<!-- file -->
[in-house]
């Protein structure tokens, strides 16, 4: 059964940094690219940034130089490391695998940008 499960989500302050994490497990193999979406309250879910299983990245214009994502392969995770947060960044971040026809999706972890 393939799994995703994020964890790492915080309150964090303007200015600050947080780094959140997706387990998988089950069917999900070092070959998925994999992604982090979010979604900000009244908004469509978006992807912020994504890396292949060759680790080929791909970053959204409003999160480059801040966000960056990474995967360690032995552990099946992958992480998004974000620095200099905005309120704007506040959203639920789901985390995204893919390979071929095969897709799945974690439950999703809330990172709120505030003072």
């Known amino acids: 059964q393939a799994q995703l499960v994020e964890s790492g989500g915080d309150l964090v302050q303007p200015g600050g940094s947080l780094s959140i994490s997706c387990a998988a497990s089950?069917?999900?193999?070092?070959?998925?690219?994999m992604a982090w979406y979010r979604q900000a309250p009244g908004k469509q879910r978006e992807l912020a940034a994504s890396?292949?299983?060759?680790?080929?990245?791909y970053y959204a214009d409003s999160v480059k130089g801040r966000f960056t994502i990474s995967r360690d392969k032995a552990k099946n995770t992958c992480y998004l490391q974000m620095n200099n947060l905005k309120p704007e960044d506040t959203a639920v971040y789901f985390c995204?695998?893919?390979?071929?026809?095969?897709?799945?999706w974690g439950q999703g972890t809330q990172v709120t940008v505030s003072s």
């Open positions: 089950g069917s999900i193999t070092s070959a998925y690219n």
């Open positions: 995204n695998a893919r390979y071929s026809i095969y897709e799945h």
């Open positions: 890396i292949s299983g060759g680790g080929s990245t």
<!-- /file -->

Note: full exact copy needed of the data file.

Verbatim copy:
[in-house]
């Protein structure tokens, strides 16, 4: 059964940094690219940034130089490391695998940008 499960989500302050994490497990193999979406309250879910299983990245214009994502392969995770947060960044971040026809999706972890 393939799994995703994020964890790492915080309150964090303007200015600050947080780094959140997706387990998988089950069917999900070092070959998925994999992604982090979010979604900000009244908004469509978006992807912020994504890396292949060759680790080929791909970053959204409003999160480059801040966000960056990474995967360690032995552990099946992958992480998004974000620095200099905005309120704007506040959203639920789901985390995204893919390979071929095969897709799945974690439950999703809330990172709120505030003072």
């Known amino acids: 059964q393939a799994q995703l499960v994020e964890s790492g989500g915080d309150l964090v302050q303007p200015g600050g940094s947080l780094s959140i994490s997706c387990a998988a497990s089950?069917?999900?193999?070092?070959?998925?690219?994999m992604a982090w979406y979010r979604q900000a309250p009244g908004k469509q879910r978006e992807l912020a940034a994504s890396?292949?299983?060759?680790?080929?990245?791909y970053y959204a214009d409003s999160v480059k130089g801040r966000f960056t994502i990474s995967r360690d392969k032995a552990k099946n995770t992958c992480y998004l490391q974000m620095n200099n947060l905005k309120p704007e960044d506040t959203a639920v971040y789901f985390c995204?695998?893919?390979?071929?026809?095969?897709?799945?999706w974690g439950q999703g972890t809330q990172v709120t940008v505030s003072s």
């Open positions: 089950g069917s999900i193999t070092s070959a998925y690219n």
């Open positions: 995204n695998a893919r390979y071929s026809i095969y897709e799945h």
């Open positions: 890396i292949s299983g060759g680790g080929s990245t």